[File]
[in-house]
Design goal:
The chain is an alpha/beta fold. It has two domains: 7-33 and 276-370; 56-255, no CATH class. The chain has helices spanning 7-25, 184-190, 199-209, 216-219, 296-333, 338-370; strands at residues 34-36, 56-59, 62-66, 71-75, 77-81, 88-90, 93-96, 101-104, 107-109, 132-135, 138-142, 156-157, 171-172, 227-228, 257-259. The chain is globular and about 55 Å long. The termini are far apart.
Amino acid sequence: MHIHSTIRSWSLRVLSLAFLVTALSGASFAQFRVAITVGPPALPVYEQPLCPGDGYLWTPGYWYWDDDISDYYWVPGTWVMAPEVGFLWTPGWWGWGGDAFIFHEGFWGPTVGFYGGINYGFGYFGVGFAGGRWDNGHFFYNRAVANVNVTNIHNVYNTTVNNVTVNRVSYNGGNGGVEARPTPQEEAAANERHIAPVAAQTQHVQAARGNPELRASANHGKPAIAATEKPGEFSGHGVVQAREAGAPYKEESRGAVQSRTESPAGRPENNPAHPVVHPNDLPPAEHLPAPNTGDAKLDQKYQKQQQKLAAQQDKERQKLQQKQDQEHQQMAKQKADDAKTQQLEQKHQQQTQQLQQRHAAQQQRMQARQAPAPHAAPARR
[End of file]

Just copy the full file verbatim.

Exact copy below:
[in-house]
Design goal:
The chain is an alpha/beta fold. It has two domains: 7-33 and 276-370; 56-255, no CATH class. The chain has helices spanning 7-25, 184-190, 199-209, 216-219, 296-333, 338-370; strands at residues 34-36, 56-59, 62-66, 71-75, 77-81, 88-90, 93-96, 101-104, 107-109, 132-135, 138-142, 156-157, 171-172, 227-228, 257-259. The chain is globular and about 55 Å long. The termini are far apart.
Amino acid sequence: MHIHSTIRSWSLRVLSLAFLVTALSGASFAQFRVAITVGPPALPVYEQPLCPGDGYLWTPGYWYWDDDISDYYWVPGTWVMAPEVGFLWTPGWWGWGGDAFIFHEGFWGPTVGFYGGINYGFGYFGVGFAGGRWDNGHFFYNRAVANVNVTNIHNVYNTTVNNVTVNRVSYNGGNGGVEARPTPQEEAAANERHIAPVAAQTQHVQAARGNPELRASANHGKPAIAATEKPGEFSGHGVVQAREAGAPYKEESRGAVQSRTESPAGRPENNPAHPVVHPNDLPPAEHLPAPNTGDAKLDQKYQKQQQKLAAQQDKERQKLQQKQDQEHQQMAKQKADDAKTQQLEQKHQQQTQQLQQRHAAQQQRMQARQAPAPHAAPARR